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Even if you moved to the Left Bank, you'd never see the Paris that's onstage in Amélie, and that's entirely the point. Based on the Oscar-nominated French film from 2001, this new Broadway musical follows a young woman whose imagination imbues every moment with magic. Whether she's a child having conversations with her pet fish or a grown-up plotting an elaborate treasure hunt to meet a man she might love, she fills her world with skewed beauty.
David Zinn gets to turn Amélie's fantasies into tangible objects. As the set and costume designer for the production – which is now at the Walter Kerr Theatre – he delivers a dreamscape version of the French capital, where oddly proportioned buildings lean next to stacks of furniture and where eccentric men in perfectly tattered clothes complement our heroine (played by Phillipa Soo) in her vibrant mix of reds. The effect is buoyant, and it clarifies the contours of Amélie's mind.
In a recent phone call, Zinn told me how he crafted his vision of the show. Here are the highlights from our conversation:
Mark Blankenship: Would you say it's an advantage to be designing both the set and the costumes? It gives you a lot of sway over how the production looks.
David Zinn: Well, when you do both, there's an ease to the conversation that the costumes and the scenery have. Not that that ease doesn't exist when you're working with somebody else. But in a thing like this, we're trying to capture the vibe of the film and its heightened use of color. It doing both, it was an easy tag team between when I put my foot forward as scenic designer with a big color gesture or when I put that foot forward with costumes and how they relate. It feels like the same hand is at work, in the way that in the movie you feel a very deep style.
MB: I love the phrase "deep style," which seems appropriate for what's happening. How would you define the deep style you're creating?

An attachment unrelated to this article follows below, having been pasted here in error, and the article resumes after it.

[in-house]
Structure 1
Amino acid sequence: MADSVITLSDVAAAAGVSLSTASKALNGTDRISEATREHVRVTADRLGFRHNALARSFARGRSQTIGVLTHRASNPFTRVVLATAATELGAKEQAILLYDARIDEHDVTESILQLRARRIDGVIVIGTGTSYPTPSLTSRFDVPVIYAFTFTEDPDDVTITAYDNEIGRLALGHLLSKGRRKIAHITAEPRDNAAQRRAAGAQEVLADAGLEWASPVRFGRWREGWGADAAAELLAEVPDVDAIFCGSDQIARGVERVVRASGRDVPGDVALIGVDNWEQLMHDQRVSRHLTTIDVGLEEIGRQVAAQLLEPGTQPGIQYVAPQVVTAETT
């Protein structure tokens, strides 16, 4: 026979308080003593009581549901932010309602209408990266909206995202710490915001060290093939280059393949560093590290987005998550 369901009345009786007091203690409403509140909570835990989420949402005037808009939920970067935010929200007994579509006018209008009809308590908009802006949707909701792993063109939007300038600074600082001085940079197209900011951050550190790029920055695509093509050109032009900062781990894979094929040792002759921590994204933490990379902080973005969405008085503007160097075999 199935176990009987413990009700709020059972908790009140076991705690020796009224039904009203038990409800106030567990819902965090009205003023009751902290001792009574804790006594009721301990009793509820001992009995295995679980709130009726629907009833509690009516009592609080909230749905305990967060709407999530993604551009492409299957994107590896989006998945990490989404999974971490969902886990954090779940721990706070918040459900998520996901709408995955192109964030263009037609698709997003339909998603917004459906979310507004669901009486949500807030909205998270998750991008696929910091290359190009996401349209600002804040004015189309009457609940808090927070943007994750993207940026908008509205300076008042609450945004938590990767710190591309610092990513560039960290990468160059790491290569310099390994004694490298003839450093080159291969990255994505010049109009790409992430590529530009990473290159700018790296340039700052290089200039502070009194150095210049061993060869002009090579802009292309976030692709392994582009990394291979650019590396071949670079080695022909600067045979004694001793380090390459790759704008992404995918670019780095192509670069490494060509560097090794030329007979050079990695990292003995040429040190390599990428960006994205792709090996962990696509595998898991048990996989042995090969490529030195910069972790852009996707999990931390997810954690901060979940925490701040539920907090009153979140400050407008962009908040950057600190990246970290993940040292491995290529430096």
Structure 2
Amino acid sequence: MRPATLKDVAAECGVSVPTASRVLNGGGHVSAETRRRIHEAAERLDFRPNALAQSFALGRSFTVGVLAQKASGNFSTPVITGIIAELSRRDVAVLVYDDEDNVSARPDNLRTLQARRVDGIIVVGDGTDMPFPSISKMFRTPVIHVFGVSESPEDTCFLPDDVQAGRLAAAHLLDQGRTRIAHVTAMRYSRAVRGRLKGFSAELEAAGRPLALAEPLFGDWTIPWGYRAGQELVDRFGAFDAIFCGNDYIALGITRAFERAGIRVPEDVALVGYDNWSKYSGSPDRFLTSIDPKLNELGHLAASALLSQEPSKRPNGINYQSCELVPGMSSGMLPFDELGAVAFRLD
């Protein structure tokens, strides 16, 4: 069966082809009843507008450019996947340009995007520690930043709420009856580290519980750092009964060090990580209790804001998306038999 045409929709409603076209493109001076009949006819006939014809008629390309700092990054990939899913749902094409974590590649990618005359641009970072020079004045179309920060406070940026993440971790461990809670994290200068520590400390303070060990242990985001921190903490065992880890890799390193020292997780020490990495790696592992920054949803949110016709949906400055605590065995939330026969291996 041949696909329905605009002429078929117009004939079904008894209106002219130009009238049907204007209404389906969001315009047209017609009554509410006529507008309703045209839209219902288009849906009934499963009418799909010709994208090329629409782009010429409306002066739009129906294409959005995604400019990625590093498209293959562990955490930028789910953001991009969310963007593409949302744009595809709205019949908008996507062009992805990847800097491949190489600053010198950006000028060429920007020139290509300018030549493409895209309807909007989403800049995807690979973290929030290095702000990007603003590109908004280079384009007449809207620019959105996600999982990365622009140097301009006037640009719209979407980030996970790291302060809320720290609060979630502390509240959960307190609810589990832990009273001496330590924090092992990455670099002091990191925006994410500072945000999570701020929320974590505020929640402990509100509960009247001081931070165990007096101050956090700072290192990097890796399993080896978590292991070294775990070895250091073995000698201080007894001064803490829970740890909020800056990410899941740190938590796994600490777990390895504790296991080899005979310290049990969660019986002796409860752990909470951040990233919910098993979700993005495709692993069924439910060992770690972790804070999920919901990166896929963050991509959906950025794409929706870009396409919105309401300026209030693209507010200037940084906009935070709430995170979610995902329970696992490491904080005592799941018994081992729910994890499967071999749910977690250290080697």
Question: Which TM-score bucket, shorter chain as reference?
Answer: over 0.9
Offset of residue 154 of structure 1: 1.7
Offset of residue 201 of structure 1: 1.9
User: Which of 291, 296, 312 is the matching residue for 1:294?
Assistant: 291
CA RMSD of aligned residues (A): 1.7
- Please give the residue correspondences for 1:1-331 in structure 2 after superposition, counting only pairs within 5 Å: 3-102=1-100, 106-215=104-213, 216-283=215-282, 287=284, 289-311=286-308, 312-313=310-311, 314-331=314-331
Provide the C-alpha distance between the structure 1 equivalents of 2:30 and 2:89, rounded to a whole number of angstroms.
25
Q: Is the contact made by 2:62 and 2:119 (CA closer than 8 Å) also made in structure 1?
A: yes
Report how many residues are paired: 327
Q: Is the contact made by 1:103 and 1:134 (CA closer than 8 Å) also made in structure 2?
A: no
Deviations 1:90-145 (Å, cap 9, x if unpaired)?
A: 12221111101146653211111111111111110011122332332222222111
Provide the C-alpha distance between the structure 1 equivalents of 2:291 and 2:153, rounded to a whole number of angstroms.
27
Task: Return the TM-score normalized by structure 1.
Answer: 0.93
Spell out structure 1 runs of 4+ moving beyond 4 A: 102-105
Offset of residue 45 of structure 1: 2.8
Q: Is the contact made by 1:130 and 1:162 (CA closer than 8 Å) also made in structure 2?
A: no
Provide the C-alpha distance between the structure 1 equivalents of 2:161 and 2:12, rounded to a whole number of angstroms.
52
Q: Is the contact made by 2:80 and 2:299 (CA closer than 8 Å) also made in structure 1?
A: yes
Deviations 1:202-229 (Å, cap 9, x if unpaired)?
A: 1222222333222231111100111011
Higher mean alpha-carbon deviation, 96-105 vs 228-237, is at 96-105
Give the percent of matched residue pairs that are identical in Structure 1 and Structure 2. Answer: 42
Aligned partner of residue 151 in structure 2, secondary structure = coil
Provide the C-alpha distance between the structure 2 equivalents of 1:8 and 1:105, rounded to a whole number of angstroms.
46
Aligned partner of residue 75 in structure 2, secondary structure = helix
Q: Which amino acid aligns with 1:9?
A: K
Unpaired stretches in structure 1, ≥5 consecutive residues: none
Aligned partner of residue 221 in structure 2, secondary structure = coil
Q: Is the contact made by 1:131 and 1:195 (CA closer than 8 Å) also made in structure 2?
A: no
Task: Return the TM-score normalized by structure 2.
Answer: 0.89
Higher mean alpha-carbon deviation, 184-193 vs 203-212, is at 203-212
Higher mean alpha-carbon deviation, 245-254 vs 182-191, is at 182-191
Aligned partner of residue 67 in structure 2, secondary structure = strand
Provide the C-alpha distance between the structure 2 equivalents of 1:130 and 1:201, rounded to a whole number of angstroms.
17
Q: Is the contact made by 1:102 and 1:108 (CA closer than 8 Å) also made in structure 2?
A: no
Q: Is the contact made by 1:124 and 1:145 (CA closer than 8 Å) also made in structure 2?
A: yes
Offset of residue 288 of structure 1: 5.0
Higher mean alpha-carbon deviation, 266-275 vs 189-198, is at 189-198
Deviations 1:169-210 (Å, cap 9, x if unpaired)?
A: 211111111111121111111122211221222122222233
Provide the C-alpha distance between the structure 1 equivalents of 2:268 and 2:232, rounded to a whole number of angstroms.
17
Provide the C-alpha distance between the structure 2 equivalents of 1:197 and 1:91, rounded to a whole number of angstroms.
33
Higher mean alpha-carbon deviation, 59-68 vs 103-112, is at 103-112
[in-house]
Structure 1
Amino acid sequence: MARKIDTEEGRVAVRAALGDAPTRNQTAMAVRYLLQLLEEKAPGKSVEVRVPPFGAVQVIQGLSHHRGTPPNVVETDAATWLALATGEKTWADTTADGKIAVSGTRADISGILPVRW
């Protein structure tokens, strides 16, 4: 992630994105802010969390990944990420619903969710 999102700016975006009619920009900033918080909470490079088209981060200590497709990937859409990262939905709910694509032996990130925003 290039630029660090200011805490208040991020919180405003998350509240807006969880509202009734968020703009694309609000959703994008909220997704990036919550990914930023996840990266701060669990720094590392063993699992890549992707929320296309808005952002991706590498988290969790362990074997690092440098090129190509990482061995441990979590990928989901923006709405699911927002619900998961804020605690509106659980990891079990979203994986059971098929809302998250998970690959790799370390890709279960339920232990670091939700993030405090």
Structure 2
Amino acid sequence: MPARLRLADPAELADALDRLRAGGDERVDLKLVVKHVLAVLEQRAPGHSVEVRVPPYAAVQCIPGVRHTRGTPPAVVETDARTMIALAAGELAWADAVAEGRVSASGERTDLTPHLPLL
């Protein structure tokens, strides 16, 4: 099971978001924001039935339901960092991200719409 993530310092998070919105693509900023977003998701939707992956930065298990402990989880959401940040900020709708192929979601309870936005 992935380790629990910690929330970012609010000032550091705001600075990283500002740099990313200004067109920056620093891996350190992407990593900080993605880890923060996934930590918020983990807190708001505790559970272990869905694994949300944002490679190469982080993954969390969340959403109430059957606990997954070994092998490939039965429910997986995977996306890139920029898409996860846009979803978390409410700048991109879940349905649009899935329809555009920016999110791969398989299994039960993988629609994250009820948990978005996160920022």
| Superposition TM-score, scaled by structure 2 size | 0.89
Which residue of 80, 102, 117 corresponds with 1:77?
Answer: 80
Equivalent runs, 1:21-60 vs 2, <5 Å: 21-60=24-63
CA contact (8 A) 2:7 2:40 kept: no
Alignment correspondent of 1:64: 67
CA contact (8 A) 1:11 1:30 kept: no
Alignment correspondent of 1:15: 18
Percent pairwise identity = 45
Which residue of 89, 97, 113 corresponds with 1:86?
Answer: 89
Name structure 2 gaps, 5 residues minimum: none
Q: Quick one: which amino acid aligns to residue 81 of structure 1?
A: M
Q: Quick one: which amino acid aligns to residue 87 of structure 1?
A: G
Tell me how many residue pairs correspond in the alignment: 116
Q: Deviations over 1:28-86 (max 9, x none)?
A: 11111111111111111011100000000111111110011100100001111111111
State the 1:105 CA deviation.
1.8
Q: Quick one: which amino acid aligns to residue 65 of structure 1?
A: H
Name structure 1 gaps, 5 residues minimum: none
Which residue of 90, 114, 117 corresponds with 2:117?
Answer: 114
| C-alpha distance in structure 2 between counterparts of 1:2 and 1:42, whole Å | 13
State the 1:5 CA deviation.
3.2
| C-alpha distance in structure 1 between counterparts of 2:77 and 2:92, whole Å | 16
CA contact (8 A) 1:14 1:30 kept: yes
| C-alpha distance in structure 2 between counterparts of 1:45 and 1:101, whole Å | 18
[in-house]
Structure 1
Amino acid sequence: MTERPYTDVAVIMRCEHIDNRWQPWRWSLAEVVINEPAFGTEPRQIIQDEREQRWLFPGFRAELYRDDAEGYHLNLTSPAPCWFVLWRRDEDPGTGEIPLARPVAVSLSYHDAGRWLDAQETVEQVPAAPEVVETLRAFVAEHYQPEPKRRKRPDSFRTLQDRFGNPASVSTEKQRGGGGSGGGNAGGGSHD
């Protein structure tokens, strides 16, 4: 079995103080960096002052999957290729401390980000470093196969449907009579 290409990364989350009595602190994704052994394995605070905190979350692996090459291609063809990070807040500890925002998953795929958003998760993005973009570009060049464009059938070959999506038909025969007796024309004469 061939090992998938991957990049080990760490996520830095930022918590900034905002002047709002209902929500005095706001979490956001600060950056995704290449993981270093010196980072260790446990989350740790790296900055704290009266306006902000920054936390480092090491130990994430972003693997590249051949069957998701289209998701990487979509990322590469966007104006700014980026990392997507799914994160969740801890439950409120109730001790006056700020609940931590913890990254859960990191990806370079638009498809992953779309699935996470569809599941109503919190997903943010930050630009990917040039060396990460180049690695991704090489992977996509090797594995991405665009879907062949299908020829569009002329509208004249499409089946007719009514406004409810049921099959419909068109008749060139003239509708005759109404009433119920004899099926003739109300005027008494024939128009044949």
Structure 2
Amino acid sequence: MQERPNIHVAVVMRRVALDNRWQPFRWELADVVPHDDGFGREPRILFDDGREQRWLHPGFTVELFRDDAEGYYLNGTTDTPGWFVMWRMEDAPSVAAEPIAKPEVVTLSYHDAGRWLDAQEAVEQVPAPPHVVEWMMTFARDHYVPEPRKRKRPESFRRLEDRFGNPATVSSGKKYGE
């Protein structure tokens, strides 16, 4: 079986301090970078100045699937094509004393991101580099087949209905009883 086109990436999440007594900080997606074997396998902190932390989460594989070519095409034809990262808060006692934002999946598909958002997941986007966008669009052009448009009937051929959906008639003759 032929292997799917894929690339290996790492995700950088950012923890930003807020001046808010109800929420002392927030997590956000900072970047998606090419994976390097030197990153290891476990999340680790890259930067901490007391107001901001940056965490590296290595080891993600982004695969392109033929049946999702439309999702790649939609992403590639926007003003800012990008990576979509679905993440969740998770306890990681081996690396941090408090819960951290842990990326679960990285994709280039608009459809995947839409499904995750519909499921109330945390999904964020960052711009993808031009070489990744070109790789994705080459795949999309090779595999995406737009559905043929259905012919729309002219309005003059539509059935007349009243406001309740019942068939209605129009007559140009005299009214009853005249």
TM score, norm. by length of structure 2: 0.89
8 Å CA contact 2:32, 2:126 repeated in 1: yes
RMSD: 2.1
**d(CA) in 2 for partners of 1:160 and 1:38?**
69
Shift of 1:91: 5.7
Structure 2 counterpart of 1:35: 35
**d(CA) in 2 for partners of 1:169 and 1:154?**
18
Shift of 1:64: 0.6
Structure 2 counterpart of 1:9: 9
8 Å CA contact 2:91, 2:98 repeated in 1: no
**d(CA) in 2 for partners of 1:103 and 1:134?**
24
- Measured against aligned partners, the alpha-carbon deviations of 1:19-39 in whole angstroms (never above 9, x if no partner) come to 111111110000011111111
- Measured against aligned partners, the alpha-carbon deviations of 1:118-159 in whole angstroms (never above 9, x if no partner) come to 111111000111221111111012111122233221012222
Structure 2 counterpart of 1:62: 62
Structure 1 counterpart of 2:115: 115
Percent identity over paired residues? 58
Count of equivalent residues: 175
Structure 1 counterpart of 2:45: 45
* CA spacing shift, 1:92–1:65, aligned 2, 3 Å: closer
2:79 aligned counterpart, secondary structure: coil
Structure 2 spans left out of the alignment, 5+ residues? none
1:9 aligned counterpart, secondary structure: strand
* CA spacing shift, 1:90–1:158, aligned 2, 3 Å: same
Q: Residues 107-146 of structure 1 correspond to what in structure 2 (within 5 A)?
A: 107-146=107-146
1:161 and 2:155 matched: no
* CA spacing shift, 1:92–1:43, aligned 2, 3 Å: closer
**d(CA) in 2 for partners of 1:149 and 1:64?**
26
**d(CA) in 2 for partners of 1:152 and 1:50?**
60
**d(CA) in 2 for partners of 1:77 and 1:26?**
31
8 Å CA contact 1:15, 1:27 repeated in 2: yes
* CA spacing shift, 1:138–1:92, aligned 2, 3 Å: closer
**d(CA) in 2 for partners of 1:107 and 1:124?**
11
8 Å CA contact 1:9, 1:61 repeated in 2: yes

DZ: I'm not very good at defining things, but what we wanted to capture was a world that felt saturate and whimsical. And like the film is, we wanted it to be both heavy and light at the same time. All throughout, there's a trade-off between heavy gestures and light gestures, or heavy things treated in a light way. And not to get too deep, but we see the darkness of her world countered with the lightness of her spirit.
MB: Can you give me an example of a heavy thing treated lightly?
DZ: Yeah. You've got those two mountains of furniture [on the sides of the stage]. We've made this exterior world out of interior things, in a way, and they're clunky piles of furniture. But they're treated in a way that keeps them light. And also, Peter [Nigrini, the projection designer] and Jane [Cox] and Mark [Barton, the co-lighting designers] have kept the world feeling delicious, like candy. It's like when we have a thirty-foot, naked-lady neon sign come in. She feels like a light gesture, even though she's a massive gesture. She's enormous, but she comes in with a wink.
MB: Yes! I definitely felt this production was aware of the darkness in Amélie's world. We know she's lonely and often afraid to even talk to people, but we also know she's got this wonderful inner life. And it seemed like because the design was allowed to be so cockeyed, with unusual proportions and colors and stacks of furniture, the darkness wasn't allowed to win. The darkness was present, but it wasn't everything.
DZ: I don't like to control people's responses to my work, but I really appreciate that it spoke to you that way. And that speaks to Amélie as a wonderful character. She speaks to many people who come to a big city and feel like weirdos and are trying to find a place in the world.
MB: I also saw that in what she wears. She's mixing all these shades of red and mixing all these patterns, and it feels really vibrant and powerful. Can you talk about where her look came from?
DZ: I wanted the strength of a single color, and originally there wasn't so much pattern in it. But when we were in L.A., she had a plainer skirt on. And I thought, "Well, she looks cute, but I could make a better statement." And now her look feels really right. Which, p.s., she just entirely coincidentally happens to have the same love of pattern mixing that I do.
MB: Well, that's lucky!
DZ: It is! And it felt like a fun way to express her funkiness. I love the grunge-y, punk rock-y plaid. I love her big, crazy boots. And Phillipa carries it really well. It's a great place for her to live.
TDF Members: At press time, discount tickets to Amélie were available. Go here to browse our latest offers.
Photos by Joan Marcus. Top photo: Phillip Soo (right) and the cast of Amélie.
Follow TDF Stages editor Mark Blankenship at @IAmBlankenship. Follow TDF at @TDFNYC.